Yousefi gave insight into the magic of a reduced workweek and his biggest takeaways from trying it.
She explained that it all started about eight years ago, when she started having migraines at work and anxiety, and was told by a migraine expert that she needed to cut back on her work.
As a lawyer, she had a demanding job and her employers were not happy that she cut a day. She said, “They immediately cut my salary by 20 percent.”
She soon found she was more productive, however, with four days.
“I was exceeding my goals,” she said, “I was happier and overall I was performing much better.”
When she started her own law firm, she had to work seven days a week. Then she had a baby and went back to the four-day work week.
Right away, she said “all the profits came back.” Realizing the power of the reduced workweek, she decided to try doing the same for her team.
She was prepared for the worst, ready to lose 20% of her profits, she said. But with the hope that her employees would be happier and more loyal, “the long-term benefits seemed to outweigh any short-term pain or loss,” she explained.
Not only was there no loss, but there were windfall profits as well.
“The magic is that they all performed better than working five days a week. As a result, on the employers’ side, our earnings skyrocketed,” she said.
The company has doubled in size and, in terms of employees, “the uniform response is just that they’re generally happier. Because they’re happier, they’re more productive,” she added.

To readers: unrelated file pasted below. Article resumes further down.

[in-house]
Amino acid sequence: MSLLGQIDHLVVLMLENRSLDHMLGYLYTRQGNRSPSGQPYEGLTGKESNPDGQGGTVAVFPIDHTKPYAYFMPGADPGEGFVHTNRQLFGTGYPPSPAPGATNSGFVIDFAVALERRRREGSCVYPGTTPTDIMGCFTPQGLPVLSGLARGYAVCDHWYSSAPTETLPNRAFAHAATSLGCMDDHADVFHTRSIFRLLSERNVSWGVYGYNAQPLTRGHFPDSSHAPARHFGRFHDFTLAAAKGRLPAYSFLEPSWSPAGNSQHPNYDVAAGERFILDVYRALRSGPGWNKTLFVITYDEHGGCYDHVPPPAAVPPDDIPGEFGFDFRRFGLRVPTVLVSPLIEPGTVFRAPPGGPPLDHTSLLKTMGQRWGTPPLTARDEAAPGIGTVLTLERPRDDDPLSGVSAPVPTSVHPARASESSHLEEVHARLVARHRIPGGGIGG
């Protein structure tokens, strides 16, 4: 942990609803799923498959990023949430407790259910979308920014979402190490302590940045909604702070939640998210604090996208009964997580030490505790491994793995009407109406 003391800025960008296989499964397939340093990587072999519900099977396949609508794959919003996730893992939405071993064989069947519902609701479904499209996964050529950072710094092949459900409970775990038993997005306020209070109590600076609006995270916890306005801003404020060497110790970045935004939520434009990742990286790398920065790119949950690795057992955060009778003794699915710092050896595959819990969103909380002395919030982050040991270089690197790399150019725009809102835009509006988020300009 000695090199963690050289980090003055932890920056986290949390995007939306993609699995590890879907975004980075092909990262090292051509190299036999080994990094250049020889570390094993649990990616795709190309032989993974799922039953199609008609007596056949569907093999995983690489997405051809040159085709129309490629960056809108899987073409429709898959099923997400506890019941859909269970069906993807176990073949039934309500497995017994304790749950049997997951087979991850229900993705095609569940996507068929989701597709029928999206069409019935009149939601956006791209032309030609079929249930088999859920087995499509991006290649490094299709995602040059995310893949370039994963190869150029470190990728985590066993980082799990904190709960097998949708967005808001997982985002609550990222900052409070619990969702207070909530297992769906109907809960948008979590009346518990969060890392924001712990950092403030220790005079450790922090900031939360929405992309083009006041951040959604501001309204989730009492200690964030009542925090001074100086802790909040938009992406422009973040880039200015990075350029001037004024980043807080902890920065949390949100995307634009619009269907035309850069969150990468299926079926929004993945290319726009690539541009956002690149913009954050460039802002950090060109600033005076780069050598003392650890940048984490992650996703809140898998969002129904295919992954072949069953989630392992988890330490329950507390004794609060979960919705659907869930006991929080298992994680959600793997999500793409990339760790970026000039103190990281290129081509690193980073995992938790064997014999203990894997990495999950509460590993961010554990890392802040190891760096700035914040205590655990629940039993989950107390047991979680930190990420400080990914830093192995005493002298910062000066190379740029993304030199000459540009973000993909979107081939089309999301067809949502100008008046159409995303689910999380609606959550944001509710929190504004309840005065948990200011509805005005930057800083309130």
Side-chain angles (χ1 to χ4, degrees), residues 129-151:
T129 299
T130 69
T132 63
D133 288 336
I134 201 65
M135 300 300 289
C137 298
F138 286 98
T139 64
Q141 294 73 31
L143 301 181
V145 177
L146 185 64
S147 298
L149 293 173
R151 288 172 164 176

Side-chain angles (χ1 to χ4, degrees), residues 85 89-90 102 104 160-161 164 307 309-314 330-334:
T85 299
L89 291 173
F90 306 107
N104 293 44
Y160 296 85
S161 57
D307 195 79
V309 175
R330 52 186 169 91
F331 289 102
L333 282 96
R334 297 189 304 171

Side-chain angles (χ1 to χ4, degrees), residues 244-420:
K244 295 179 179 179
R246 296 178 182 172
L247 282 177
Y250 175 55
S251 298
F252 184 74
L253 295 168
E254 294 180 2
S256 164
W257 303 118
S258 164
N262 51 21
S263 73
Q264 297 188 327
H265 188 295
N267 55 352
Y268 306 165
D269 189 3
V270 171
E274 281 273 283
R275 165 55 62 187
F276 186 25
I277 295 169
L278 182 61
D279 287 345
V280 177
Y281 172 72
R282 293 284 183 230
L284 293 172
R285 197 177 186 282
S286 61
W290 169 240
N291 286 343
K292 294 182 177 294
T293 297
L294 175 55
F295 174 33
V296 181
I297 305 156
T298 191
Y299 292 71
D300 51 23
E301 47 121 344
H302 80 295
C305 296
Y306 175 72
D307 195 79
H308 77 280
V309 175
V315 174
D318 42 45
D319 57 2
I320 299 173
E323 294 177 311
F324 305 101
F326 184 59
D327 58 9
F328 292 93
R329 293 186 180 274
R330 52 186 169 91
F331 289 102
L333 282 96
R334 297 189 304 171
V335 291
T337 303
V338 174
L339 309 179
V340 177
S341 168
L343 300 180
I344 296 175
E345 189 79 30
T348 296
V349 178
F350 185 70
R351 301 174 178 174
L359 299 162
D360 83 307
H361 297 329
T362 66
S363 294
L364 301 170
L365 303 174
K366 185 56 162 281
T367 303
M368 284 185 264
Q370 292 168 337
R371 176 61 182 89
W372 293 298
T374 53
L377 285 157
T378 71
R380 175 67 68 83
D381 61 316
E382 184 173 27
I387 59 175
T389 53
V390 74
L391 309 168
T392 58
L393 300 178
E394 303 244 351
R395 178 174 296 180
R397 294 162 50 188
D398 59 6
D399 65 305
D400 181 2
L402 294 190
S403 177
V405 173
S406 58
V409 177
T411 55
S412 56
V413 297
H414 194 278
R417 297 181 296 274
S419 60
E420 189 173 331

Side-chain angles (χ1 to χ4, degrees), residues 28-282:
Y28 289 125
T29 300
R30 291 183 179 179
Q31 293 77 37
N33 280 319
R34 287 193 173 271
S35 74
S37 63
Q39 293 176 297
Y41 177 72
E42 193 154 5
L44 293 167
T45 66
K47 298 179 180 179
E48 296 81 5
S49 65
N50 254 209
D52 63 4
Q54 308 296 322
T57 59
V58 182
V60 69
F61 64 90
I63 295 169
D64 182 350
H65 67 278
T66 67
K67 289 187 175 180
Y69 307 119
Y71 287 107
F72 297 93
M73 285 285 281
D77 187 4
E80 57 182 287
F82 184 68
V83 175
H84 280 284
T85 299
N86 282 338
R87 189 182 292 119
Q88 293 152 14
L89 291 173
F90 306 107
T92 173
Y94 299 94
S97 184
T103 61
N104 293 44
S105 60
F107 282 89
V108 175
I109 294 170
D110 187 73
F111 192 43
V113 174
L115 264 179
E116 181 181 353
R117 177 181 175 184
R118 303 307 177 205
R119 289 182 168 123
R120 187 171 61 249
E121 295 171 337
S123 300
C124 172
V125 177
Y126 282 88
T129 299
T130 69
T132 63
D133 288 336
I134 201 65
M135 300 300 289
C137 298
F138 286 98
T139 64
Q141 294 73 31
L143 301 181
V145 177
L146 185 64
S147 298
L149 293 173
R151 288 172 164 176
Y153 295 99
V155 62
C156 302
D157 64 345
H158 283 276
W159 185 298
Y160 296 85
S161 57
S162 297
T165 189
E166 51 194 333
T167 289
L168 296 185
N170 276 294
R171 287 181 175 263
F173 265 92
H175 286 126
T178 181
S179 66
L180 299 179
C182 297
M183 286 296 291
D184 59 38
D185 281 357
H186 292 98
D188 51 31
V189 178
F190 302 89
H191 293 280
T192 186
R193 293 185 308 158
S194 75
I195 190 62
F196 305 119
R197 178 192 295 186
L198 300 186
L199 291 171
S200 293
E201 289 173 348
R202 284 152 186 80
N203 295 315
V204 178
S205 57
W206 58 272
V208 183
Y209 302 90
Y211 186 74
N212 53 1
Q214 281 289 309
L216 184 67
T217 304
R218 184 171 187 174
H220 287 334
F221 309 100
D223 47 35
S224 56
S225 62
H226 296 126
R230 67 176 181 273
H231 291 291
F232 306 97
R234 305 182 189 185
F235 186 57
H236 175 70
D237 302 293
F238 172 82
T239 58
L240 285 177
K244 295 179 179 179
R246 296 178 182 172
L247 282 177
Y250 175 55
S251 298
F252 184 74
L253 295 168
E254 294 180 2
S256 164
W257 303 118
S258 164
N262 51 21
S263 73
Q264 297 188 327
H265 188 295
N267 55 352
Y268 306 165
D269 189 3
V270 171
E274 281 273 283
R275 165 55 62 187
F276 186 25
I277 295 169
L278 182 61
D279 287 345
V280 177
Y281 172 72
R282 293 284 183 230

In fact, they tend to take around 70% of the day off and then spend another around 30% of the day dealing with work-related issues. But she said it’s the flexibility of it that’s key.
At company websiteyou can see photos of employees enjoying the extra day off doing self-care activities, like meditation.
They can also spend more time with their family.
“The concept of the four-day workweek isn’t black or white,” she says, “it’s about the psychology behind it. It’s about choice. The ability to take all this on a day, or part of it on a day, off.”
Because the employees are so happy, they are also loyal and don’t want to leave the company, she added.
Overall, she said they “saw absolutely nothing but benefits”.
How it works
The YLaw office actually stays open five days a week.
Yousefi didn’t want to make her employees work 10 hours a day to make up for the lost day, so she instead set up 9-hour days with an hour break, and she took the remaining 10% of hours as a ” loss “.
The majority of employees take Wednesdays off and they have two people in the office that day who answer the phones and alert the lawyers in case of an emergency. Those two people usually take Fridays off, Yousefi said.
“It works perfectly for us,” Yousefi said.
They tested it as a pilot at first, where for the first month they took Wednesdays, then the second month Fridays. In the end, Yousefi sent out polls and the majority voted to ban Wednesdays.
She said that when they took Friday off, they arrived at work with a pile of things to do on Monday, after being out of the office for three days in a row.
When you do Wednesday, she says, “you’re really dealing with a day of inquiries” and “when it comes to customer experience, there’s really no downtime” because you can go there. respond Thursday morning.
When asked if she thinks other companies will follow her lead, Yousefi replied, “I have no doubt they will”, and she’s here to “show them that it works”.
This interview has been condensed and edited for clarity.